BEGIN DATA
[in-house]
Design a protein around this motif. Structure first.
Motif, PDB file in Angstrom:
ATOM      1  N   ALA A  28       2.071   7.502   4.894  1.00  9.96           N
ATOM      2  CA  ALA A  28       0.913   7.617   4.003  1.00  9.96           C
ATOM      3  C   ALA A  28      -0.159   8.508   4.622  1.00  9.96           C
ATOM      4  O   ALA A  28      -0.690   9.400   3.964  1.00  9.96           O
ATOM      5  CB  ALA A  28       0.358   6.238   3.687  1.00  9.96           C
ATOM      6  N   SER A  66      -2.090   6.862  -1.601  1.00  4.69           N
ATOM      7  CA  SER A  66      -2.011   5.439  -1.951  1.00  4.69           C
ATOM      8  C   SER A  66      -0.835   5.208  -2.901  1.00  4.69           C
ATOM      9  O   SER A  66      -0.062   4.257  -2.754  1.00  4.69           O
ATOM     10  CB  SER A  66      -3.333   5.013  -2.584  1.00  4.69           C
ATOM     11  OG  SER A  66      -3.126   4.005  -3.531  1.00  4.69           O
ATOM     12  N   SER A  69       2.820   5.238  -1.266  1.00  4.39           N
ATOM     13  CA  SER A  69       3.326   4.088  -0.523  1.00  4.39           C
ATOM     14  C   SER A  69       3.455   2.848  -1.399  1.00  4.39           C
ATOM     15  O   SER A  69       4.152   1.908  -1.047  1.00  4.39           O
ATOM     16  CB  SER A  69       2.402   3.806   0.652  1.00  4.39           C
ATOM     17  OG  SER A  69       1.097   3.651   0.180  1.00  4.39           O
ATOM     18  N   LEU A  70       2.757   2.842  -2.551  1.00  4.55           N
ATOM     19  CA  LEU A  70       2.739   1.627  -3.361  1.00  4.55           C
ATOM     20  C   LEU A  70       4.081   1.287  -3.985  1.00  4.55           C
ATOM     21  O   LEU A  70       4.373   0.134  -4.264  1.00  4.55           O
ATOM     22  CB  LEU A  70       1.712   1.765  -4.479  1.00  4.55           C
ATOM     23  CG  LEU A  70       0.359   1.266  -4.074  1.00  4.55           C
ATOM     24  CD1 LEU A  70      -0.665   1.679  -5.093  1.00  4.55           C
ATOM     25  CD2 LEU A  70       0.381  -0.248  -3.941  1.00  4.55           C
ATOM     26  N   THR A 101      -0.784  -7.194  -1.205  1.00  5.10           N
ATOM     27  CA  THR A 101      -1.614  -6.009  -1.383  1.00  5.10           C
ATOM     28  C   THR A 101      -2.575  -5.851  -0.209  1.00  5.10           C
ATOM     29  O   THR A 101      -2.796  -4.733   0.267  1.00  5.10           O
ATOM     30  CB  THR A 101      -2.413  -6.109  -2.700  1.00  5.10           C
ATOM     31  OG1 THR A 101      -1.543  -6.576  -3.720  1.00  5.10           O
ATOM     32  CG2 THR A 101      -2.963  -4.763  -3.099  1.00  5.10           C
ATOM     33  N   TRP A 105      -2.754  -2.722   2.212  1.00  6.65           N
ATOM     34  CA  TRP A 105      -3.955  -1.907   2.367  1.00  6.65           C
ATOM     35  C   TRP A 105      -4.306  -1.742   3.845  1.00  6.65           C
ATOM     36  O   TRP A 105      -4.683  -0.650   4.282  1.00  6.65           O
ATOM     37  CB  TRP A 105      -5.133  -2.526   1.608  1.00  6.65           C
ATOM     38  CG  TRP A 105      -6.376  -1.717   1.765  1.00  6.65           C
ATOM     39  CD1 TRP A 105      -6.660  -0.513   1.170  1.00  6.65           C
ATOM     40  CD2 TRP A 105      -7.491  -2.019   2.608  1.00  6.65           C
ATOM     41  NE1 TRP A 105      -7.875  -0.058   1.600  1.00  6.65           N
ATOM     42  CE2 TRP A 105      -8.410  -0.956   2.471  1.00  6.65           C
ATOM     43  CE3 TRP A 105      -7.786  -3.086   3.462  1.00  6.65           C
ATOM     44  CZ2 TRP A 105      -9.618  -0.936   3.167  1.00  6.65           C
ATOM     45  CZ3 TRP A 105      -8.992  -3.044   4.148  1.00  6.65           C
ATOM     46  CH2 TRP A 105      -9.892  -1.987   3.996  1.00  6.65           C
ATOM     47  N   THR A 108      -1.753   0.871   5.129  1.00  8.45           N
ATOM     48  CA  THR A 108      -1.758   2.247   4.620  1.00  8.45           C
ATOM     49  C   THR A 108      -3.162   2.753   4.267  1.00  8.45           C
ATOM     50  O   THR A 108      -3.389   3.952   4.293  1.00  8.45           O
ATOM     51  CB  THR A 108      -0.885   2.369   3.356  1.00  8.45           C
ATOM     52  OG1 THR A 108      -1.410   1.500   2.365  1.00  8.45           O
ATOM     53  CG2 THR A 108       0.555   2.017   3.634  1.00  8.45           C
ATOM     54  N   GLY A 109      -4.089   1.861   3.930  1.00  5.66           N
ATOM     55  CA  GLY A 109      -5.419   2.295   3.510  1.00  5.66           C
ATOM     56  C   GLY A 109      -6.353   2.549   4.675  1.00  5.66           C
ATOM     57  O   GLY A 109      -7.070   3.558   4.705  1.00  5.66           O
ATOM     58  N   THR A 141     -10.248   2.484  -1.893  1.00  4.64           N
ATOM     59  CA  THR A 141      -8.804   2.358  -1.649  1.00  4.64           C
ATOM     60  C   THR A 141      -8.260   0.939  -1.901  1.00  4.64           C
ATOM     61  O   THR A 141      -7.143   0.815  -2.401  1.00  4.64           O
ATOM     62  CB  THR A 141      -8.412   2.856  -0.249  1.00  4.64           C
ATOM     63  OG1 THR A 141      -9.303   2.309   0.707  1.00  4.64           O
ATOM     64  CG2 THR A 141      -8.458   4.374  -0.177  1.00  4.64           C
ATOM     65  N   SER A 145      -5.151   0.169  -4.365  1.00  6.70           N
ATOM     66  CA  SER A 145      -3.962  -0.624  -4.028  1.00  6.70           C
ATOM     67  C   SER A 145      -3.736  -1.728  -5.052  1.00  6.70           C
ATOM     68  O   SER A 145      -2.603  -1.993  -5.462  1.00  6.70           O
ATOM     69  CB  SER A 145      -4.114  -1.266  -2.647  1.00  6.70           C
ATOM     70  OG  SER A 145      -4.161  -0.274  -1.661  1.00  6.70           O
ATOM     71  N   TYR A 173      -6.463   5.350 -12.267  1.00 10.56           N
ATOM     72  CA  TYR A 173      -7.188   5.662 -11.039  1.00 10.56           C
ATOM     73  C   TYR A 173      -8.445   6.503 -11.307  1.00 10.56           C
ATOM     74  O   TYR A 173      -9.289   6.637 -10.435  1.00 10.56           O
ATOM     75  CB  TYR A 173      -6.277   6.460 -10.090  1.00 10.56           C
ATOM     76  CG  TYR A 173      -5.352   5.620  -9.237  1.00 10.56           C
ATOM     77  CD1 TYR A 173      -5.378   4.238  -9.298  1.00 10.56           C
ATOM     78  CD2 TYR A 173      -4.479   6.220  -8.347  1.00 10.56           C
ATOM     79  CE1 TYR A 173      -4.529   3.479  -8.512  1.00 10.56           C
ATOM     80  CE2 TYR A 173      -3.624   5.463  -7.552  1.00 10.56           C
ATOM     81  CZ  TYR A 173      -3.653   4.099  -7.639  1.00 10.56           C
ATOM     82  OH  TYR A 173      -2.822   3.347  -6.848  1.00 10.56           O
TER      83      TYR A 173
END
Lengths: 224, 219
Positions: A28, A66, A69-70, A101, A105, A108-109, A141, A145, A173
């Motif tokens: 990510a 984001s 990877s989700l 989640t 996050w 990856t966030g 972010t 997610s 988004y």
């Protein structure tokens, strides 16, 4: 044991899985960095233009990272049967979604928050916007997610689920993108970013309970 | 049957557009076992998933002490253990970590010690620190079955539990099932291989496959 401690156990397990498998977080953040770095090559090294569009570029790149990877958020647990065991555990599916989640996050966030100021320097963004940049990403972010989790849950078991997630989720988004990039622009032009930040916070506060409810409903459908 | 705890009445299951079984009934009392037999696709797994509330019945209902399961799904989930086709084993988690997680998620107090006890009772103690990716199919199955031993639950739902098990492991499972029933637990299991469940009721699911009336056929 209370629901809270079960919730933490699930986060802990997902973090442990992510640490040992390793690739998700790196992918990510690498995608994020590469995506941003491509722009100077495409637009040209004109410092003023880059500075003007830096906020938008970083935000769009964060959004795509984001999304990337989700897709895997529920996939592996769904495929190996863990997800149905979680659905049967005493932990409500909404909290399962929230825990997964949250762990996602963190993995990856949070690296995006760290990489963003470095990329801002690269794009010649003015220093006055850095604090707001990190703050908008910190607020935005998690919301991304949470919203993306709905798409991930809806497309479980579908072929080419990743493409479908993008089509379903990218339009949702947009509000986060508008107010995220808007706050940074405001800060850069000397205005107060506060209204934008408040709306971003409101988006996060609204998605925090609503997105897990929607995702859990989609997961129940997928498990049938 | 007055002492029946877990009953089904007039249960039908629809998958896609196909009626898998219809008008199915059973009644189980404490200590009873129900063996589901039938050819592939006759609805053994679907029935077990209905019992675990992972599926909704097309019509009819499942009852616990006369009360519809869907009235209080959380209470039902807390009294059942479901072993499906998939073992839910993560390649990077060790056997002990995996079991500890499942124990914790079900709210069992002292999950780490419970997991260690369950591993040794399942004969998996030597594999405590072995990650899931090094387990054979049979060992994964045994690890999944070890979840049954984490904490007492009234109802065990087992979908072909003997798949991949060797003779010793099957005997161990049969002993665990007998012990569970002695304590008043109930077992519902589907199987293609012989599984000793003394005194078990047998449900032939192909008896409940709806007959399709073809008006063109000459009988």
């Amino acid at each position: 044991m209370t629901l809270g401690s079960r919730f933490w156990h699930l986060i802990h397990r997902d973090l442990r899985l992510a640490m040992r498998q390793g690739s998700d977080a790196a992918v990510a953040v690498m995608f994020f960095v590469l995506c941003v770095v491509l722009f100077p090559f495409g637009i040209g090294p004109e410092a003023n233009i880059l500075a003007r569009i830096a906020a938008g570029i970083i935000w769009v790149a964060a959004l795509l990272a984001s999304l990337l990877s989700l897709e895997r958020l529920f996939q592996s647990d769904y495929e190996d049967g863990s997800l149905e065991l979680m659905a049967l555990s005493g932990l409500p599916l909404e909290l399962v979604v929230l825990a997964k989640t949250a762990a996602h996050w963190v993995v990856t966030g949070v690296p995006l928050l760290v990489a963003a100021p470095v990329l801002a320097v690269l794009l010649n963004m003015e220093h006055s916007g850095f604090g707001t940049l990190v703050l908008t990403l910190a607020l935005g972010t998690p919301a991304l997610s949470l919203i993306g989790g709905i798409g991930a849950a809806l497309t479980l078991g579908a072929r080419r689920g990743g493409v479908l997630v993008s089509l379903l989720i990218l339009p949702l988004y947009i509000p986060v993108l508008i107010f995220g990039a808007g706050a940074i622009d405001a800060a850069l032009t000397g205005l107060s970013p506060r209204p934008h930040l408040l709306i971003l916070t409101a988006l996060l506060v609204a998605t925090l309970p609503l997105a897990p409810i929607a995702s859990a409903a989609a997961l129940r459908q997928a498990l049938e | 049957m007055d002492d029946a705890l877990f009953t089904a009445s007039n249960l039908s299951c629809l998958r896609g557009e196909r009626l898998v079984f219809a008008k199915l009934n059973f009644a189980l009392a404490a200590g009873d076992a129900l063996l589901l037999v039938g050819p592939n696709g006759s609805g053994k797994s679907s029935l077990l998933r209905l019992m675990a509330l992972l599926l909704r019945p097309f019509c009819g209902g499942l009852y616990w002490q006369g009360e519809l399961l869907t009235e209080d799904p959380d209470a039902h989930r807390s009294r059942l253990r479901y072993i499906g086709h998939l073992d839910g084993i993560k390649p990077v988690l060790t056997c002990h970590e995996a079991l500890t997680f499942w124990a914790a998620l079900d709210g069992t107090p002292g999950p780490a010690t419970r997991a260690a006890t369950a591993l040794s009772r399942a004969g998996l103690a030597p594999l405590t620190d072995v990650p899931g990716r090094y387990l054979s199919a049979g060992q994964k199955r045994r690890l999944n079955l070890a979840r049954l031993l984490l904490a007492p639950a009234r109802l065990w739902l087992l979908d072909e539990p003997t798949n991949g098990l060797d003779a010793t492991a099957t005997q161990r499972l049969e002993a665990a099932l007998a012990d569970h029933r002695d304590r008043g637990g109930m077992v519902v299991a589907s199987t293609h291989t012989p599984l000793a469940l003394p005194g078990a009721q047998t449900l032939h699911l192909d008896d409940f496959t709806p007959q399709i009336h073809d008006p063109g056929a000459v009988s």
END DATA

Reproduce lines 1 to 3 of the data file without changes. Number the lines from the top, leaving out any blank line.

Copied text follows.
[in-house]
Design a protein around this motif. Structure first.
Motif, PDB file in Angstrom: